Special Issue "Molecular Mechanisms and Biomarkers in Drug-Induced Organ Injury"
A special issue of International Journal of Molecular Sciences (ISSN 1422-0067). This special issue belongs to the section "Molecular Pathology, Diagnostics, and Therapeutics".
Deadline for manuscript submissions: closed (31 December 2020) | Viewed by 22010
Interests: biomarker; pharmacology; toxicology; autophagy; apoptosis; endoplasmic reticulum stress; exosome; miRNA; pharmacogenomics; toxicogenomics; reactive oxygen; anticancer drugs; immunosuppressive drugs; tyrosine kinase inhibitors
Special Issues, Collections and Topics in MDPI journals
Biomarkers reflecting, predicting, and associating pharmacological effects and/or toxicological disorders have been widely examined. Candidate molecules that act as potential biomarkers for drug-induced organ toxicity have been discovered. Endogenous compounds are well-applied in the clinical setting, such as creatinine, Na+, blood urea nitrogen, aminotransferase, bilirubin, and so on. Despite these classical markers, some peptides and miRNAs have been examined as new types of biomarkers.
In the field of nephrotoxicity, serum creatinine is usually examined for use as a conventional marker for renal damage in clinical treatment. However, this biochemical parameter is acknowledged to be non-specific to cover drug-induced kidney injury. Similar to kidney injury, drug-induced liver, lung, and bone marrow injury are often observed in pharmacotherapy and chemotherapy. Therefore, some organ-specific and/or drug-specific biological markers including functional proteins, peptides, nucleic acids, fatty acids, miRNAs, and so on are required to make accurate diagnosis.
Recently, the research area of biomarkers in pharmacology and toxicology has been expanded to find the physiological and pathophysiological significance in molecular-biological processes. With these exciting findings, this Special issue focuses on “Molecular Mechanisms and Biomarkers in Drug-Induced Organ Injury”.
Prof. Dr. Satohiro Masuda
Manuscript Submission Information
Manuscripts should be submitted online at www.mdpi.com by registering and logging in to this website. Once you are registered, click here to go to the submission form. Manuscripts can be submitted until the deadline. All submissions that pass pre-check are peer-reviewed. Accepted papers will be published continuously in the journal (as soon as accepted) and will be listed together on the special issue website. Research articles, review articles as well as short communications are invited. For planned papers, a title and short abstract (about 100 words) can be sent to the Editorial Office for announcement on this website.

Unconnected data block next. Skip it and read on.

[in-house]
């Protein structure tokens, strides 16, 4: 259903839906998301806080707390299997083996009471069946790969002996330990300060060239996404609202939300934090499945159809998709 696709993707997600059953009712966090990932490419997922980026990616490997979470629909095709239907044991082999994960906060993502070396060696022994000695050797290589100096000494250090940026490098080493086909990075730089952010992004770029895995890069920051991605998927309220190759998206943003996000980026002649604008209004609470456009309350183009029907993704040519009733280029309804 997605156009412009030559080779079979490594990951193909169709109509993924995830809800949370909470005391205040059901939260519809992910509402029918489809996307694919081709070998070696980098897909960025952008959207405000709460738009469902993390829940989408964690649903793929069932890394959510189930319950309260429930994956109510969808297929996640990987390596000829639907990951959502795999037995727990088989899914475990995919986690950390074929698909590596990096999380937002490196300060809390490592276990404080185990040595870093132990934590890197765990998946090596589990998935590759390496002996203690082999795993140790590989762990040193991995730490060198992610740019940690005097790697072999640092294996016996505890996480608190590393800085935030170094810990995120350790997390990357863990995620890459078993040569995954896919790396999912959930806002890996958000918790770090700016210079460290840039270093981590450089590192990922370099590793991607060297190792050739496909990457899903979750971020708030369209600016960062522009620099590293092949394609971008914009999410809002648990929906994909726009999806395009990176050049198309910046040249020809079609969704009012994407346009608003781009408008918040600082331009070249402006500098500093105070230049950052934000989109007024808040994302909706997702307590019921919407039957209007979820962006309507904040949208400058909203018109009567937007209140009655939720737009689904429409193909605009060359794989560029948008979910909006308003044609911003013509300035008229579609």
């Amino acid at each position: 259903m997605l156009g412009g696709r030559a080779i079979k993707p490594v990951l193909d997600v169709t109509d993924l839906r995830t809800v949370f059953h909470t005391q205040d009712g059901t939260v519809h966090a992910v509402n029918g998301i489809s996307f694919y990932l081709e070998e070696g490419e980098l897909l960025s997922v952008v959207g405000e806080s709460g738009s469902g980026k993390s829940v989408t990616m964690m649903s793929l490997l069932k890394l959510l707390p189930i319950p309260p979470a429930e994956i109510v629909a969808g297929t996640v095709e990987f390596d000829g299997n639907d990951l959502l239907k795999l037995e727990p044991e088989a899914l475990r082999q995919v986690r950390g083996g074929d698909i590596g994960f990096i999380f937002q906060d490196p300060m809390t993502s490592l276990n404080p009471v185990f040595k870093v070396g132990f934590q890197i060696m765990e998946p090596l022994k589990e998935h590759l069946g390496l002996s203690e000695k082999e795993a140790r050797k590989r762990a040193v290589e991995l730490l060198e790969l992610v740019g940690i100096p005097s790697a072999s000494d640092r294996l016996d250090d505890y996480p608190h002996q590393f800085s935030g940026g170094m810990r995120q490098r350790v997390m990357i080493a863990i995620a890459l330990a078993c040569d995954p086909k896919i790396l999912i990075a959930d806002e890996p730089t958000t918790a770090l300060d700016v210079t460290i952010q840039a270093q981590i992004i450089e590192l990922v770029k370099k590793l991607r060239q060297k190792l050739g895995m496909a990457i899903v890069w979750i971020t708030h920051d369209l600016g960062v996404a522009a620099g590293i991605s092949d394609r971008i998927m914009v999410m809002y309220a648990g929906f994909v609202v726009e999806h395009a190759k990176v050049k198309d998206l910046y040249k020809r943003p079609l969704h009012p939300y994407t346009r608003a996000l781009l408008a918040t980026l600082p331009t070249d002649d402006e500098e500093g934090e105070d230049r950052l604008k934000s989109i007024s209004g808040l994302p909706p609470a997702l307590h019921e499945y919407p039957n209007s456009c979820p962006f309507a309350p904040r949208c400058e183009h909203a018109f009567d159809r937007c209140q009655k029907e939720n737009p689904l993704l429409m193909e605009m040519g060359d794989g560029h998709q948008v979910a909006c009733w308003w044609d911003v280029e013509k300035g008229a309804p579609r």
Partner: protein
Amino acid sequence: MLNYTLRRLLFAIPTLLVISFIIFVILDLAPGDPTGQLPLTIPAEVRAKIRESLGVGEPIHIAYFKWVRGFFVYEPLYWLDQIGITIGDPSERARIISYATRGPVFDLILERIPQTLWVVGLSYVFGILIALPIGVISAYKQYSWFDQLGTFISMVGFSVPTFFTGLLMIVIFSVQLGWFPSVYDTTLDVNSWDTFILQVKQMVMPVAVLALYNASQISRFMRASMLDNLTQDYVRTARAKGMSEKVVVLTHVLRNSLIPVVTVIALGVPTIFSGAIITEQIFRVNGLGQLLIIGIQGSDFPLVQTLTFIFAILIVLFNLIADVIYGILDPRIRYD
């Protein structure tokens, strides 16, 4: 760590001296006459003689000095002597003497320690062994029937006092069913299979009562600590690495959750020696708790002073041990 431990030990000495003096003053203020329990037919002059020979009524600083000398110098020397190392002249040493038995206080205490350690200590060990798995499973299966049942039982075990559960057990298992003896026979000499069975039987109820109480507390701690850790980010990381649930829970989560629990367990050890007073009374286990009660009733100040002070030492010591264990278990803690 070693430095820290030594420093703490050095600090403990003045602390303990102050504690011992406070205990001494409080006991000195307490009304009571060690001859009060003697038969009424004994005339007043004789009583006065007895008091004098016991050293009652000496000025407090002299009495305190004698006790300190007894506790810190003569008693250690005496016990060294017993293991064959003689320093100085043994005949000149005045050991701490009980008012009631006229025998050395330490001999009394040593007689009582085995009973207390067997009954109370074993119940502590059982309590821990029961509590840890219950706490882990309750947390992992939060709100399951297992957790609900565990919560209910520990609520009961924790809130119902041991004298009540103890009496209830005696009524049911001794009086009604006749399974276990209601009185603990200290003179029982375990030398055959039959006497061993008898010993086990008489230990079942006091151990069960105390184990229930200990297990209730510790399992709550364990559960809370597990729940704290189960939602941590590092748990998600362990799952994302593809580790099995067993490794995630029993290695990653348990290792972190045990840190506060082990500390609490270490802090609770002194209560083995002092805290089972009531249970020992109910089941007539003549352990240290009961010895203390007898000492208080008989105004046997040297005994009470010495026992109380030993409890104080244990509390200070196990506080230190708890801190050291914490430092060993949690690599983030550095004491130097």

Submitted manuscripts should not have been published previously, nor be under consideration for publication elsewhere (except conference proceedings papers). All manuscripts are thoroughly refereed through a single-blind peer-review process. A guide for authors and other relevant information for submission of manuscripts is available on the Instructions for Authors page. International Journal of Molecular Sciences is an international peer-reviewed open access semimonthly journal published by MDPI.
Please visit the Instructions for Authors page before submitting a manuscript. There is an Article Processing Charge (APC) for publication in this open access journal. For details about the APC please see here. Submitted papers should be well formatted and use good English. Authors may use MDPI's English editing service prior to publication or during author revisions.
- molecular mechanisms and biomarkers in drug-induced kidney injury
- molecular mechanisms and biomarkers in drug-induced liver injury
- molecular mechanisms and biomarkers in drug-induced lung injury
- molecular mechanisms and biomarkers in drug-induced neuropathy
- molecular mechanisms and biomarkers in drug-induced bone marrow injury
- cancer chemotherapy
- anti-infectious treatment
- immunosuppressive drugs
- anti-diabetic drugs
- cardiovascular treatment
- anti-inflammatory bowel disease
- treatment against autoimmune disease